I am just a poor boy, though my story is seldom told(Paul Simon - "The Boxer")
I have squandered my resistance,
For a pocketful of mumbles, such are promises
All lies and jest
Still a man hears what he wants to hear and disregards the rest.
Now the years are rolling by me, they are rockin' even me
I am older than I once was, and younger than I'll be
That's not unusual, no it isn't strange
After changes upon changes, we are more or less the same
After changes we are more or less the same.
Sometimes, GW thinks that song was written for Pirate fans of the past seventeen years. No matter who was the boss, after changes upon changes, we are more or less the same. How can Pittsburgh's suits flip that tune?
Everyone could see the 2009 train wreck coming; you can't entirely demolish a team and expect to have it compete when you turn your proven players over for a grab bag full of shiny baubles. Did it have to done that way? Maybe; it's surely open to debate.
Here's what they should do now if they want to restore trust with both the fans and the players, neither of which have reason to believe much that the suits say. Make 2010 the year of the Pirates. Focus on Pittsburgh. No excuses, no hedging.
Yes, the pitching was terrible when they got here. Yes, the minor league system had less talent than your average T-Ball team. We understand they wanted to flood the organization with players, especially at the upper levels, and some arms.
OK, mission accomplished. Four guys are left from the 2008 25-man roster; the payroll is down to $28M. A draft protocol and budget have been established, ditto a framework for evaluating international and Latino talent (although as the Sano situation showed, there's still a learning curve to be mastered).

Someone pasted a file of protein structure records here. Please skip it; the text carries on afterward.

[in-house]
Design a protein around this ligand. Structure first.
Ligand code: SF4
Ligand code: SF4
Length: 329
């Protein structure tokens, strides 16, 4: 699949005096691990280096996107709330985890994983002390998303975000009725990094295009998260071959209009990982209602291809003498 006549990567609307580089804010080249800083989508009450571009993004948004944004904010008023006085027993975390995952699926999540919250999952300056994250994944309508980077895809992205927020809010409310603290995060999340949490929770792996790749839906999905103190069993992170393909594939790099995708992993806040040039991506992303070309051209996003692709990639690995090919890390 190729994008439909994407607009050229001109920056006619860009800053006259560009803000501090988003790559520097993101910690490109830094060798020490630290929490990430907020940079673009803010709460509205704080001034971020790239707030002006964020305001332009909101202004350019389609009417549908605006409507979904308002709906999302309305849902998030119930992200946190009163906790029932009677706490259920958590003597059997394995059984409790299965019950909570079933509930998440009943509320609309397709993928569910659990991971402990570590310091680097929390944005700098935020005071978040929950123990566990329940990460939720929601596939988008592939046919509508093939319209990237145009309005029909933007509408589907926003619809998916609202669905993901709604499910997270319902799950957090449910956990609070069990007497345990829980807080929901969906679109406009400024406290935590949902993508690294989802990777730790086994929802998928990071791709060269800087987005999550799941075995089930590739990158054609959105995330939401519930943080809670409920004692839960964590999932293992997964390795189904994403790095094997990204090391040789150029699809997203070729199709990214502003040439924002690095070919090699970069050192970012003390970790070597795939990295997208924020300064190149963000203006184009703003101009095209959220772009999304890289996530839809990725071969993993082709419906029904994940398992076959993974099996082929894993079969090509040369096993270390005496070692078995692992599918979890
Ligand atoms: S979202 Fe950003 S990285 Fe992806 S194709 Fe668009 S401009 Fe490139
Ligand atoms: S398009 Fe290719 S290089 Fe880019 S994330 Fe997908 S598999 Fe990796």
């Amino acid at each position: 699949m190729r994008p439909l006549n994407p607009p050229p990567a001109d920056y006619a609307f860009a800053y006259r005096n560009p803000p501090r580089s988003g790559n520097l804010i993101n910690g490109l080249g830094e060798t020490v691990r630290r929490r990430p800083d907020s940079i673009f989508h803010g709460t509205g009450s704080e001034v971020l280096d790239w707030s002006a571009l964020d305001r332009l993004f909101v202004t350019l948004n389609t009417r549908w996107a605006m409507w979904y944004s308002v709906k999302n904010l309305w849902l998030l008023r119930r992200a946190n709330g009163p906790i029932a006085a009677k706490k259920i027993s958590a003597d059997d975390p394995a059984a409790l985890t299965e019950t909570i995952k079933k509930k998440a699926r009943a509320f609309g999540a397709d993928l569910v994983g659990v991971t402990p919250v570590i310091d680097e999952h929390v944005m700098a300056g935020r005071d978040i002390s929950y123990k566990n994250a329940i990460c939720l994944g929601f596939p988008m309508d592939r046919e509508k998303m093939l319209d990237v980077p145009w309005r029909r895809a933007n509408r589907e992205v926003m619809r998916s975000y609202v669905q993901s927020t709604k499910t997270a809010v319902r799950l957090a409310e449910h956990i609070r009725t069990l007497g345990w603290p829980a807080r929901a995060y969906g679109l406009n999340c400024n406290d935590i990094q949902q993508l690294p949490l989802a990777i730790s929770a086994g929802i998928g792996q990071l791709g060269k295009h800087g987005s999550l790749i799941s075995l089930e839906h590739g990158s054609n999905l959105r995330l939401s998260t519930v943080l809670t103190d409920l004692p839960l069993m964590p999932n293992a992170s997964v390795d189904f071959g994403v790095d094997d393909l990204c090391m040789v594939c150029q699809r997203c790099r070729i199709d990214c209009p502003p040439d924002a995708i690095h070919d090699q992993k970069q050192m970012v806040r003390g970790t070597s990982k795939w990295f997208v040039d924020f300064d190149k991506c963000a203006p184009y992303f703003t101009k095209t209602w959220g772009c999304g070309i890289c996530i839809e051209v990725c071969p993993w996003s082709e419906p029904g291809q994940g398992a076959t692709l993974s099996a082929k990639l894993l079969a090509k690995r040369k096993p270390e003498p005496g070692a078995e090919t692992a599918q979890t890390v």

If the suits want to continue their addiction to the waiver wire and minor-league free agents, well, knock yourselves out. Maybe there's another Garrett Jones or Steve Jackson out there. But prove to us that you're not in love with the art of the deal; build Pittsburgh a major league team.
After all, picking up a Rule 5 player in 2009 to send to Indy in 2010 or claiming a guy off waivers because you're "intrigued by players with options remaining" gets old.
Shortly some of the young hot shots will be bubbling up to the show. Pedro's due this year if he doesn't fall on his puss at Indy, and Jose Tabata and Brad Lincoln are at least on the horizon. The pieces are slowly beginning to fall in place.
Start filling in the holes. Is Ronny Cedeno the answer at short? We're certainly unconvinced, and there is some young talent out there that could be picked up in trade. It may be beyond the Pirates' ability to assemble an attractive package, but take a look, please.
The team is dying for some middle of the order presence. Quit telling us about doubles and gap power; bring in a big bopper that has a record of bringing home some runs.
And what genius decided that a bullpen without lefties was balanced? Fix that, and give JR half a chance. And what's this we read about the suits not even looking at another starter? We think a top-end guy is worth a flyer, someone like Ben Sheets who is looking to reestablish himself.
Does a rotation of Ross Ohlendorf, Zach Duke, Ben Sheets, Paul Maholm, and Charlie Morton (or whomever; may the best man win) sound a little stronger than what we're throwing out now?
The Pirates are in the situation now where they can expect a player or two to join the big club every year from the farm. It's time to quit worrying about Indianapolis' roster and worry about Pittsburgh.
The payroll has been cut in nearly half; don't let it burn a hole in your pocket, Mr. Nutting. Even Scrooge had his epiphany; aren't the ghosts of Pirates past. present, and future enough?
Dance to a different drummer, and get some players for Pittsburgh.